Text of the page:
Causes of Seizure & Epilepsy
There is a fine balance in the brain between factors that begin electrical
activity and factors that restrict it, and there are also systems that limit
the spread of electrical activity. During a seizure, these limits break down,
and abnormal electrical discharges can occur and spread to whole groups of
neighboring cells at once. This linkage of electrical discharges creates a
"storm" of electrical activity in the brain. This is a seizure. When a person
has had at least two of these seizures, that's called epilepsy.
The reasons why epilepsy begins are different for people of different ages. But
what's true for every age is that the cause is unknown for about half of
Children may be born with a defect in the structure of their brain, or they may
suffer a head injury or infection that causes their epilepsy. Severe head
injury is the most common known cause in young adults. In middle age, strokes,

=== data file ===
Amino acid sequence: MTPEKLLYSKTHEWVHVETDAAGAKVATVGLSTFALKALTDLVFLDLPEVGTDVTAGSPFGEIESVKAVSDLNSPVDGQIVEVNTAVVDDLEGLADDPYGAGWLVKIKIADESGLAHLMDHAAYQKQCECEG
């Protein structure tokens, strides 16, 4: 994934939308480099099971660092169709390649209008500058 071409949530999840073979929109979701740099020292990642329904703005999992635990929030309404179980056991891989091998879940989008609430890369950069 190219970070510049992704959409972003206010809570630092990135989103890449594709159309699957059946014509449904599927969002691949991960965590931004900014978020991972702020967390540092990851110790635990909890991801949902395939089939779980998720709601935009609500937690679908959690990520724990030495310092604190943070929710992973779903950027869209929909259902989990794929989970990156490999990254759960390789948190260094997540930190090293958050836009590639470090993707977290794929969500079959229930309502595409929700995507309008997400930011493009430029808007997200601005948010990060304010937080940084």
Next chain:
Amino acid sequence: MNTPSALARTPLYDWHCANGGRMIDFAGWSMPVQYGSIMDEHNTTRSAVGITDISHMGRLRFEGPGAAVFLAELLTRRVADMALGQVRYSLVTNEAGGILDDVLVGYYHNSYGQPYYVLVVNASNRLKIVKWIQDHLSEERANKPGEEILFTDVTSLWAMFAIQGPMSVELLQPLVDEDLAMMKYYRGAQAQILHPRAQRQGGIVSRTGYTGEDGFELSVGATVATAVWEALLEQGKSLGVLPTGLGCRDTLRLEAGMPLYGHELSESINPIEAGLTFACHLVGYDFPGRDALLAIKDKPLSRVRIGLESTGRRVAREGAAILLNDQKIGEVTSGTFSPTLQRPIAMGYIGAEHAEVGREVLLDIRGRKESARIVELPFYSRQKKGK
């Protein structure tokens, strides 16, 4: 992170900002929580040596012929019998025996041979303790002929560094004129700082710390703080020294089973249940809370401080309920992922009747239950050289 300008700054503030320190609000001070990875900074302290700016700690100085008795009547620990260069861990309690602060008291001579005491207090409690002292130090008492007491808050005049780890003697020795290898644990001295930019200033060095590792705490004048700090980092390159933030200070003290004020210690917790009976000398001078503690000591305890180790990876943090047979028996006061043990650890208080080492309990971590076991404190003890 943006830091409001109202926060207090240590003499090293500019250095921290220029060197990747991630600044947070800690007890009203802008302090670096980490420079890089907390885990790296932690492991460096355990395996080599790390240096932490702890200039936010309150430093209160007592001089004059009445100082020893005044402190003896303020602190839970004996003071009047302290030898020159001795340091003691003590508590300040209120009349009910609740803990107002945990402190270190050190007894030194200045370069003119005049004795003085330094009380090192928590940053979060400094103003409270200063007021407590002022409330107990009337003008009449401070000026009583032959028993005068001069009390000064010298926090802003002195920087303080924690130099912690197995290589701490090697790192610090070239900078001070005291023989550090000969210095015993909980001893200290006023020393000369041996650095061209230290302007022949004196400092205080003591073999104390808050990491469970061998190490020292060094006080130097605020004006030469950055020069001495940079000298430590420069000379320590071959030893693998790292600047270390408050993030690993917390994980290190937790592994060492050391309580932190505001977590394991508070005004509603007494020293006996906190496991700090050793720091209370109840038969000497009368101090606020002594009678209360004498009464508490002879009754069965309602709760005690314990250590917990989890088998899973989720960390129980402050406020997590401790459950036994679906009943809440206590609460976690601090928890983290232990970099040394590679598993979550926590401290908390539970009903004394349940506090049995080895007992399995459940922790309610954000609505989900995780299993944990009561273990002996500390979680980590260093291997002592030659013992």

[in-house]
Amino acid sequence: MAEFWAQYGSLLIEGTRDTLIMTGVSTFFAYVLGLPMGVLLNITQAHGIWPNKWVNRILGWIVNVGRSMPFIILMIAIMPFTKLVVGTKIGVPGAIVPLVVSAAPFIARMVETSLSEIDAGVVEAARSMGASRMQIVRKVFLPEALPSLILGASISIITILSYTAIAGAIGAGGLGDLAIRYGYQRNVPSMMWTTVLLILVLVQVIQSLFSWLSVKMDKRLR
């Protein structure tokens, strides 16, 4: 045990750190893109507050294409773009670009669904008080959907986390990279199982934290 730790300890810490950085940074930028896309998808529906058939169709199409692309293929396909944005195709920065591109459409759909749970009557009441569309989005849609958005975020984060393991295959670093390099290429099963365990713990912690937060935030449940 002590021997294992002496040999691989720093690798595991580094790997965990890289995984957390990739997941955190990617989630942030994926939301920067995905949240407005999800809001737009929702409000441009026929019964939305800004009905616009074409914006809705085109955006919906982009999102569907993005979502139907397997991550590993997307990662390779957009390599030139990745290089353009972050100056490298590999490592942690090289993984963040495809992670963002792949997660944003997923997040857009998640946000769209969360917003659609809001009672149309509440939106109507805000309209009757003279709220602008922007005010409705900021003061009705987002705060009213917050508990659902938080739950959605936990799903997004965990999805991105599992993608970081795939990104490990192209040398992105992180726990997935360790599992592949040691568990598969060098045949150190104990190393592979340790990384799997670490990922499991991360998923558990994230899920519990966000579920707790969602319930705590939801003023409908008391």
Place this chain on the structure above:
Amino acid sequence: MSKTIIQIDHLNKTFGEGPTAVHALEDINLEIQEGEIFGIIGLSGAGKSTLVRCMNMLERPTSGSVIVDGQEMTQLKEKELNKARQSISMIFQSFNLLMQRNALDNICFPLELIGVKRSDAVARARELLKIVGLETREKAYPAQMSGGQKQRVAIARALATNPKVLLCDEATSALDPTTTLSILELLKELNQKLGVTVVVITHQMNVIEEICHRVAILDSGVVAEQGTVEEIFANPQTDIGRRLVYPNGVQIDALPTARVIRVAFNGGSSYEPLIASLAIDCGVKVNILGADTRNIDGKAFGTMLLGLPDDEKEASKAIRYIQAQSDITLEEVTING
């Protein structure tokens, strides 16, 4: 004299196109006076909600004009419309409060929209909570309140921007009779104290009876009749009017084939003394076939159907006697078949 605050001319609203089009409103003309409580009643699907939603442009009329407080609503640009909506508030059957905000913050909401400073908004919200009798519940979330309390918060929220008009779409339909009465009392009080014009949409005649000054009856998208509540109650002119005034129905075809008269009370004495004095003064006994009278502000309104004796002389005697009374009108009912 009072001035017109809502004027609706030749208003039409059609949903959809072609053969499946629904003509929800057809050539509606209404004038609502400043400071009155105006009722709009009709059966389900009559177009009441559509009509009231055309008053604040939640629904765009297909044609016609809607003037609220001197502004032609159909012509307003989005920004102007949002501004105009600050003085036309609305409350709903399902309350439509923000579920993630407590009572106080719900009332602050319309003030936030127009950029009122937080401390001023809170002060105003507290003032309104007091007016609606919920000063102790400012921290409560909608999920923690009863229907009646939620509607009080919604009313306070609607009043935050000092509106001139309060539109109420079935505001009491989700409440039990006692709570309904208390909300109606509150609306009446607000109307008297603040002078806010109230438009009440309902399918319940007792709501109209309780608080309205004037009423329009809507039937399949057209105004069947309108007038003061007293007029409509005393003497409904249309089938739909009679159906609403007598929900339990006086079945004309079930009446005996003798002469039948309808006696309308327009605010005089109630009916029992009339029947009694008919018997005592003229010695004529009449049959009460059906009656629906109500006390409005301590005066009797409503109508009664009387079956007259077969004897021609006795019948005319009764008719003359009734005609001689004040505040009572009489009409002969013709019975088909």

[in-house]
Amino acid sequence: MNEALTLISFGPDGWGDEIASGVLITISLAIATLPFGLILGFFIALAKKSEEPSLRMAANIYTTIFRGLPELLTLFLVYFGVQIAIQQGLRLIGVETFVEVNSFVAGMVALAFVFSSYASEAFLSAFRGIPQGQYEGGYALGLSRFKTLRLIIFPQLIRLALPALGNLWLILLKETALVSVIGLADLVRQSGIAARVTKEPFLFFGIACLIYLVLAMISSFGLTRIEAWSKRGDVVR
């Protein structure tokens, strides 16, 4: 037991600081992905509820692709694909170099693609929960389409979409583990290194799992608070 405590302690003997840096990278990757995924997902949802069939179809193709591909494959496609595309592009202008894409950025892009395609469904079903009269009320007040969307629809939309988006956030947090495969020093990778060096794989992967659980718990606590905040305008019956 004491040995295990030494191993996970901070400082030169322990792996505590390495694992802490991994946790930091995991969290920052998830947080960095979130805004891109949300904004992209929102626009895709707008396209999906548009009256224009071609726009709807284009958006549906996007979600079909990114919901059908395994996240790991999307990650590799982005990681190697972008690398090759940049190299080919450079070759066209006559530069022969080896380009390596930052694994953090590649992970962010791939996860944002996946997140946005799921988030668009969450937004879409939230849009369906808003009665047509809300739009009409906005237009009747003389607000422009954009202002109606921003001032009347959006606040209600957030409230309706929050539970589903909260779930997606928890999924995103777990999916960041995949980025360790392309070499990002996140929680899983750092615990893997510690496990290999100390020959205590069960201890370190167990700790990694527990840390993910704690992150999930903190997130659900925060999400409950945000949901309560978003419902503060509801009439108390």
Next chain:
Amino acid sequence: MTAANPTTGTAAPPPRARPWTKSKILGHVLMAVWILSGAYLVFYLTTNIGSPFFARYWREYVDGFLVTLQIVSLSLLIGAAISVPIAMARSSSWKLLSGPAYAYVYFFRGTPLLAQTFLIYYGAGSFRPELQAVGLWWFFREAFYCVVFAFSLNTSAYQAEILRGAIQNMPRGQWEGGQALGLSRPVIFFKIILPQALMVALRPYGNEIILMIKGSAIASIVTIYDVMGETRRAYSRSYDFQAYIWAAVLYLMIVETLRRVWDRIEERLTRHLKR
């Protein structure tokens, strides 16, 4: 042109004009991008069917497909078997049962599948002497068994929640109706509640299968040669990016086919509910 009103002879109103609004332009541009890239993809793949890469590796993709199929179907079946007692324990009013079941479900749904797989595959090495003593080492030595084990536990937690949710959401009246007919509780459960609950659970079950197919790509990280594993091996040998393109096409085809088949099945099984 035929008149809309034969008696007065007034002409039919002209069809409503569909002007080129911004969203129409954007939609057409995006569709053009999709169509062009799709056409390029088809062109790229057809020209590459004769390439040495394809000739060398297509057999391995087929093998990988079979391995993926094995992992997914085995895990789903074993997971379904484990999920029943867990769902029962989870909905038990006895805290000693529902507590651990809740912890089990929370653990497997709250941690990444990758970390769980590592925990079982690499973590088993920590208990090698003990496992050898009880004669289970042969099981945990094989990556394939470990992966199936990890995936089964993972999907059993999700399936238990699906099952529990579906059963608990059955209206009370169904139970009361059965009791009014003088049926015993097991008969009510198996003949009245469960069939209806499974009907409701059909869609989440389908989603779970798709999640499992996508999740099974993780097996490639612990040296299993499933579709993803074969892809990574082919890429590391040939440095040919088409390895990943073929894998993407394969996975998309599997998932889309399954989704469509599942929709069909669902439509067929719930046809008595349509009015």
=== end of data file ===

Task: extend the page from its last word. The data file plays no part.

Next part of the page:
tumors, and injuries are more frequent. In people over 65, stroke is the most
common known cause, followed by degenerative conditions such as Alzheimer's
Often seizures do not begin immediately after a person has an injury to the
brain. Instead, a seizure may happen many months later. We do not have a good
explanation for this common observation, but scientists are actively
researching this subject.
Risk factors for epilepsy & Seizure
Risk factors for epilepsy & Seizure are following:-
Babies who are small for their gestational age
Babies who have seizures in the first month of life
Babies who are born with abnormal brain structures
Bleeding into the brain
Abnormal blood vessels in the brain
Serious brain injury or lack of oxygen to the brain
Infections of the brain: abscess, meningitis, or encephalitis
Stroke resulting from blockage of arteries
Seizures occurring within days after head injury ("early posttraumatic
Family history of epilepsy or fever-related seizures
Alzheimer's disease (late in the illness)
Fever-related (febrile) seizures that are unusually long